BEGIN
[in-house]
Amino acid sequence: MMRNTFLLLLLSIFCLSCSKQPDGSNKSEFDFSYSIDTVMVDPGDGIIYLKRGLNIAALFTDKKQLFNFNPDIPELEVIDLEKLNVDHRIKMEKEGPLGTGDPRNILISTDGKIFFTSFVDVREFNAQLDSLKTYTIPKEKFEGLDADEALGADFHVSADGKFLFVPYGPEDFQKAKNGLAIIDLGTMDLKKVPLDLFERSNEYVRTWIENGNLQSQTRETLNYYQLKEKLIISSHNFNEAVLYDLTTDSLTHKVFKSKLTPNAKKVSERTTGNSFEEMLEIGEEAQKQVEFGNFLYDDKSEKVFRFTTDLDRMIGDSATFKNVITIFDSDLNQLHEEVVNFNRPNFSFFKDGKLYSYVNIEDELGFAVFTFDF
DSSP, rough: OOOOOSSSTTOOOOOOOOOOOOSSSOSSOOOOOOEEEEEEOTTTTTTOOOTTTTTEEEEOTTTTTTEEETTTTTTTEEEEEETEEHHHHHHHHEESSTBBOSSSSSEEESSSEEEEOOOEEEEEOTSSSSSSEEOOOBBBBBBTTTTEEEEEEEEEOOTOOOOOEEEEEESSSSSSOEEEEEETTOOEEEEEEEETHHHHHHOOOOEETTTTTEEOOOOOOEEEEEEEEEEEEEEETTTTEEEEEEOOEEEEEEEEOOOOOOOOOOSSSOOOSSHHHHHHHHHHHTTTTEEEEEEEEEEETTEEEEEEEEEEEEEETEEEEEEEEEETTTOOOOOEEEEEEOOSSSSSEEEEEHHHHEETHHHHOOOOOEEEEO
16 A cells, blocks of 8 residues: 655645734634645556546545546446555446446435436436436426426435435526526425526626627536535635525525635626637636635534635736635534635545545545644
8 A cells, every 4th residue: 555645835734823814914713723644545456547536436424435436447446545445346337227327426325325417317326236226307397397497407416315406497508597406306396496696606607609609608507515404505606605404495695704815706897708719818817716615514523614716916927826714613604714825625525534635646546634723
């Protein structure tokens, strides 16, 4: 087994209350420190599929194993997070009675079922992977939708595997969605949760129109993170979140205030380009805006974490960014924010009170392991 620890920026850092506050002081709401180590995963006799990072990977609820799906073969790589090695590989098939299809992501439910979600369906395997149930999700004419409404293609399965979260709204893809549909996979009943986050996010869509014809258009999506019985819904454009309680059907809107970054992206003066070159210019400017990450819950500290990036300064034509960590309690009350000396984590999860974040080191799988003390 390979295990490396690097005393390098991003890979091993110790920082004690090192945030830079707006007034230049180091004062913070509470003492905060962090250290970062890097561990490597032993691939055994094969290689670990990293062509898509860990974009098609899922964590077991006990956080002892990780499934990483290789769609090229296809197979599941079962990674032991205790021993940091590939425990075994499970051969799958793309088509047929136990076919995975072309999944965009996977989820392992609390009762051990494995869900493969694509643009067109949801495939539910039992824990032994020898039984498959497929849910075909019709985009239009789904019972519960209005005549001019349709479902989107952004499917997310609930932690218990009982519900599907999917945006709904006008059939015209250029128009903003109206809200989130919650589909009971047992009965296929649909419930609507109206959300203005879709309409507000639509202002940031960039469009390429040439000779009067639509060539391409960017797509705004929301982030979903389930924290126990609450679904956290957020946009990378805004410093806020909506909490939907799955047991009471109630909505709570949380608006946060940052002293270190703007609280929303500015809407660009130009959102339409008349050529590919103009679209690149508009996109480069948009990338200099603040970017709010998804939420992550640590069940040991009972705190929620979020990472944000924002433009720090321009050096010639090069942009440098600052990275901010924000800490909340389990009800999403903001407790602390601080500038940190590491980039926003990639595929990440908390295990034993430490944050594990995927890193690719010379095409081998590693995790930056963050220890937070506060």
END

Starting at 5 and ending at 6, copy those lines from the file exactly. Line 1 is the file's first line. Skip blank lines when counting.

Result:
8 A cells, every 4th residue: 555645835734823814914713723644545456547536436424435436447446545445346337227327426325325417317326236226307397397497407416315406497508597406306396496696606607609609608507515404505606605404495695704815706897708719818817716615514523614716916927826714613604714825625525534635646546634723
């Protein structure tokens, strides 16, 4: 087994209350420190599929194993997070009675079922992977939708595997969605949760129109993170979140205030380009805006974490960014924010009170392991 620890920026850092506050002081709401180590995963006799990072990977609820799906073969790589090695590989098939299809992501439910979600369906395997149930999700004419409404293609399965979260709204893809549909996979009943986050996010869509014809258009999506019985819904454009309680059907809107970054992206003066070159210019400017990450819950500290990036300064034509960590309690009350000396984590999860974040080191799988003390 390979295990490396690097005393390098991003890979091993110790920082004690090192945030830079707006007034230049180091004062913070509470003492905060962090250290970062890097561990490597032993691939055994094969290689670990990293062509898509860990974009098609899922964590077991006990956080002892990780499934990483290789769609090229296809197979599941079962990674032991205790021993940091590939425990075994499970051969799958793309088509047929136990076919995975072309999944965009996977989820392992609390009762051990494995869900493969694509643009067109949801495939539910039992824990032994020898039984498959497929849910075909019709985009239009789904019972519960209005005549001019349709479902989107952004499917997310609930932690218990009982519900599907999917945006709904006008059939015209250029128009903003109206809200989130919650589909009971047992009965296929649909419930609507109206959300203005879709309409507000639509202002940031960039469009390429040439000779009067639509060539391409960017797509705004929301982030979903389930924290126990609450679904956290957020946009990378805004410093806020909506909490939907799955047991009471109630909505709570949380608006946060940052002293270190703007609280929303500015809407660009130009959102339409008349050529590919103009679209690149508009996109480069948009990338200099603040970017709010998804939420992550640590069940040991009972705190929620979020990472944000924002433009720090321009050096010639090069942009440098600052990275901010924000800490909340389990009800999403903001407790602390601080500038940190590491980039926003990639595929990440908390295990034993430490944050594990995927890193690719010379095409081998590693995790930056963050220890937070506060």